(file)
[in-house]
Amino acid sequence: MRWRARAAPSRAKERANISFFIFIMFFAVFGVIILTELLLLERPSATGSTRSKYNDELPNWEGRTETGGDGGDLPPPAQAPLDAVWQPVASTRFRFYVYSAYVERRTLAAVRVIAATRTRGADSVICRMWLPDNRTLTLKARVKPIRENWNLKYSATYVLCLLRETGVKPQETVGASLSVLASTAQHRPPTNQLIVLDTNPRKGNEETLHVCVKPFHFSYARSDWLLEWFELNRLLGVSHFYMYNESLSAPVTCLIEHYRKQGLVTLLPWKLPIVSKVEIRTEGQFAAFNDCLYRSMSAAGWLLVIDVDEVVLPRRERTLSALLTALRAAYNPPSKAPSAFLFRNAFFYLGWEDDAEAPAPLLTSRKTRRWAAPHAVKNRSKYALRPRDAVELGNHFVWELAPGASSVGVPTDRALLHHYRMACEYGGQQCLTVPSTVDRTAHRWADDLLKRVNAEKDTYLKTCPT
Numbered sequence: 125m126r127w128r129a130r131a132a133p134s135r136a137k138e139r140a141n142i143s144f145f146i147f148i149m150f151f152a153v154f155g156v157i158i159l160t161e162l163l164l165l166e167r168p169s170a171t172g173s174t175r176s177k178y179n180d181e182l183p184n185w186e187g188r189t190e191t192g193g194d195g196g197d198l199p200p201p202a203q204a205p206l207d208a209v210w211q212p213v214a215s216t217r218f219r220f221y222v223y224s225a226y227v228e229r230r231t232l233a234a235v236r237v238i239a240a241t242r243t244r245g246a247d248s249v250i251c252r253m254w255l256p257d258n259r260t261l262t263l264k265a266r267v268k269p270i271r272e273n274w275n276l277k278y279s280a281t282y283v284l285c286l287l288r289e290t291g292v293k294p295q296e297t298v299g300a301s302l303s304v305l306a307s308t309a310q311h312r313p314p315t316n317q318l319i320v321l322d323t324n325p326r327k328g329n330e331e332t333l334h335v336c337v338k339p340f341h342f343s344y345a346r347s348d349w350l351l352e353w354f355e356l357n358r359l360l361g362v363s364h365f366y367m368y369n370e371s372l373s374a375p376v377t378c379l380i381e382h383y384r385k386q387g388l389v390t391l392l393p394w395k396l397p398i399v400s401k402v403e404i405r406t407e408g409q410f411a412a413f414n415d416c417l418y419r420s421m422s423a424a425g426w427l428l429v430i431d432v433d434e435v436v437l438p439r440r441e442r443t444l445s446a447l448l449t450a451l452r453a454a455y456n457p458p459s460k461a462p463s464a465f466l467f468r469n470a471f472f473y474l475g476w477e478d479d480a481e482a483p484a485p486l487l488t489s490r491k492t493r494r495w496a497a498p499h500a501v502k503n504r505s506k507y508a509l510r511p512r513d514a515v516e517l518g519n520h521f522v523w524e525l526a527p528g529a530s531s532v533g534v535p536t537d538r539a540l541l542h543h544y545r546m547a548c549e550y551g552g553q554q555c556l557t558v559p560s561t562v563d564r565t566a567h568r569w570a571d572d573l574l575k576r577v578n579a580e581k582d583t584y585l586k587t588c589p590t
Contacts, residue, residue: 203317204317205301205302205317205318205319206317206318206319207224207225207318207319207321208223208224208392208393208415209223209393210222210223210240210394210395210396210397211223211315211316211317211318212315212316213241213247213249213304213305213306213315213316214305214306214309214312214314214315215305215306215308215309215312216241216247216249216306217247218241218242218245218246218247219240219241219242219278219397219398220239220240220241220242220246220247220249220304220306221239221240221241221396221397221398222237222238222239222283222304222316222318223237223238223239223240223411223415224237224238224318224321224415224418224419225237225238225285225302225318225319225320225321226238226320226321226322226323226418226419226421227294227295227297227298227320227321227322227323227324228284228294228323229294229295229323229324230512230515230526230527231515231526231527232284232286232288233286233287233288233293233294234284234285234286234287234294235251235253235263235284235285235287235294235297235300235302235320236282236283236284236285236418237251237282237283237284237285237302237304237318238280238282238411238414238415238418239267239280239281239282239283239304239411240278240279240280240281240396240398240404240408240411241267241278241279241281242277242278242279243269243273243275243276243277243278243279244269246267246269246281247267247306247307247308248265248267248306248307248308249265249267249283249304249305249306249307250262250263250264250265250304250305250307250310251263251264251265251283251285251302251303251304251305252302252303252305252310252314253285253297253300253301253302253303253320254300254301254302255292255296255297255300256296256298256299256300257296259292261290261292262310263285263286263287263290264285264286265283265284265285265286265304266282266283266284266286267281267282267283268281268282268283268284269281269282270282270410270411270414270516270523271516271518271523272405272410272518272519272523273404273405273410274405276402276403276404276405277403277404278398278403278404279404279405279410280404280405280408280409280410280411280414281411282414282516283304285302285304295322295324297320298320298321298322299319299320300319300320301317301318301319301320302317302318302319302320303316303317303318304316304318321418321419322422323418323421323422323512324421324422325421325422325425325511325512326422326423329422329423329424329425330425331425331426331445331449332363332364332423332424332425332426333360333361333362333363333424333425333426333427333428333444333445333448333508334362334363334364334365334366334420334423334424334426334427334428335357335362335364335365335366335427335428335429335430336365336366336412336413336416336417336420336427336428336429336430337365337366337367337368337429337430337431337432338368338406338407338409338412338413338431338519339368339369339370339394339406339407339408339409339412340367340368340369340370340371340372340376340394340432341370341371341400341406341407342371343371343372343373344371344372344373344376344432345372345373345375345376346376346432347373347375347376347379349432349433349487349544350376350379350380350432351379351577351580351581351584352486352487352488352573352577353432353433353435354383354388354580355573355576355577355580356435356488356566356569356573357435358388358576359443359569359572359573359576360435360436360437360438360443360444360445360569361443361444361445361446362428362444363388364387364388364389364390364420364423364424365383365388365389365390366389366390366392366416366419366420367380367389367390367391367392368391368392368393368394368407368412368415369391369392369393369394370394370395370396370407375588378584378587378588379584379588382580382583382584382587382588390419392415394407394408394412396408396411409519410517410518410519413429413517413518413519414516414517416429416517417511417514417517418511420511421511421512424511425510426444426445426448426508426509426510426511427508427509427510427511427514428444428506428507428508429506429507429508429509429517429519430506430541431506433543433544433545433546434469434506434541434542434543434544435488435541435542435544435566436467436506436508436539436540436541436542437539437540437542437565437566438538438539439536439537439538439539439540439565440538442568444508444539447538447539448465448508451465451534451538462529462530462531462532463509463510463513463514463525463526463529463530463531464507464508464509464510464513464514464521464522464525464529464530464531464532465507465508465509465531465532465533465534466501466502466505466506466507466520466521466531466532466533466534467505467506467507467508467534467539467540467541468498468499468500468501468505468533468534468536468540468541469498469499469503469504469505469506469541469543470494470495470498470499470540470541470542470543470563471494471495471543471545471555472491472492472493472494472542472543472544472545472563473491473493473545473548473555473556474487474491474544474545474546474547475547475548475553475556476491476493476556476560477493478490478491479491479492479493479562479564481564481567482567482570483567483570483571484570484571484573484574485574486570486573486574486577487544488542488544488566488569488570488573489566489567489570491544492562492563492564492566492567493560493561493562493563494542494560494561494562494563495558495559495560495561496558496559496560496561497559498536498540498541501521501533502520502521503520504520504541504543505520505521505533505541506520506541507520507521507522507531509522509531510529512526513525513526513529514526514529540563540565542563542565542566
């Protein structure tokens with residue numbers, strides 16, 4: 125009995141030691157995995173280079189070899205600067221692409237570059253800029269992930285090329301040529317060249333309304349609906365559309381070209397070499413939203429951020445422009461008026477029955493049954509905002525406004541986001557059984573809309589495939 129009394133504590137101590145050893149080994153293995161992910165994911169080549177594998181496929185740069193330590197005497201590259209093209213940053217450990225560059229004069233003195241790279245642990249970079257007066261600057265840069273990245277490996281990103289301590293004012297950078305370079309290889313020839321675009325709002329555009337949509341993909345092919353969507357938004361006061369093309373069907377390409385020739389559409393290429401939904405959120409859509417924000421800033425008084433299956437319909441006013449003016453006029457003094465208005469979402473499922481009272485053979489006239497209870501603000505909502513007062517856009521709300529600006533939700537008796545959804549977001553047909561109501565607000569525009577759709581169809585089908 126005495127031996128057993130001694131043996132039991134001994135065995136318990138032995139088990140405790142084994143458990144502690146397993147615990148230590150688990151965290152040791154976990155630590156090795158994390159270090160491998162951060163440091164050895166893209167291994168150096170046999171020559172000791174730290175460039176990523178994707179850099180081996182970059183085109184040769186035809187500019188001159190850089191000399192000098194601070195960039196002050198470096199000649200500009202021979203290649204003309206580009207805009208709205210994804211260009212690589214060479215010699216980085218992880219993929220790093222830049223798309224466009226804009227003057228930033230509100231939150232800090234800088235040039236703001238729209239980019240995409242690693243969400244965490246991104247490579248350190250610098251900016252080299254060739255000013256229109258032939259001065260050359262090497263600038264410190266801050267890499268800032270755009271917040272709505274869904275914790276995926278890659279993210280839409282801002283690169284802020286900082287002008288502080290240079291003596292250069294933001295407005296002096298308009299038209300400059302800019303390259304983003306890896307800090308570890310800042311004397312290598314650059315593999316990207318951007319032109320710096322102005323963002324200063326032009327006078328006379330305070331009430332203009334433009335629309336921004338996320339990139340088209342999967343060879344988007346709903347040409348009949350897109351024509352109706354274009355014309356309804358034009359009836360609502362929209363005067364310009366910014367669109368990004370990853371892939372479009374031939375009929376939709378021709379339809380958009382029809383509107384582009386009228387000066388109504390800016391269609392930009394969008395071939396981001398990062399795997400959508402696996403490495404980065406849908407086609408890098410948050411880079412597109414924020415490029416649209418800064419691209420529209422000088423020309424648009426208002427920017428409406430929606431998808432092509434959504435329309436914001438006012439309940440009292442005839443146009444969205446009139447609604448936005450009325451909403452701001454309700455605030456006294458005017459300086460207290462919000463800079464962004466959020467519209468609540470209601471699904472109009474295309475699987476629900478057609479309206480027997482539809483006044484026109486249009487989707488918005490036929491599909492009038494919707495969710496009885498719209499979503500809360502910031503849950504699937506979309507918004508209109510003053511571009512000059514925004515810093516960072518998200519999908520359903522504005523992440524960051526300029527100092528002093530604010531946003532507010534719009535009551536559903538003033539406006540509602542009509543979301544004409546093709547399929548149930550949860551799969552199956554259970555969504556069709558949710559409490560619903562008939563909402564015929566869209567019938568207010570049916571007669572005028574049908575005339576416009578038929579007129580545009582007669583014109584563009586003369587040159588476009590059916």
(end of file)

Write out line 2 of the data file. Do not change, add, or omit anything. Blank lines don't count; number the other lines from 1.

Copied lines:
Amino acid sequence: MRWRARAAPSRAKERANISFFIFIMFFAVFGVIILTELLLLERPSATGSTRSKYNDELPNWEGRTETGGDGGDLPPPAQAPLDAVWQPVASTRFRFYVYSAYVERRTLAAVRVIAATRTRGADSVICRMWLPDNRTLTLKARVKPIRENWNLKYSATYVLCLLRETGVKPQETVGASLSVLASTAQHRPPTNQLIVLDTNPRKGNEETLHVCVKPFHFSYARSDWLLEWFELNRLLGVSHFYMYNESLSAPVTCLIEHYRKQGLVTLLPWKLPIVSKVEIRTEGQFAAFNDCLYRSMSAAGWLLVIDVDEVVLPRRERTLSALLTALRAAYNPPSKAPSAFLFRNAFFYLGWEDDAEAPAPLLTSRKTRRWAAPHAVKNRSKYALRPRDAVELGNHFVWELAPGASSVGVPTDRALLHHYRMACEYGGQQCLTVPSTVDRTAHRWADDLLKRVNAEKDTYLKTCPT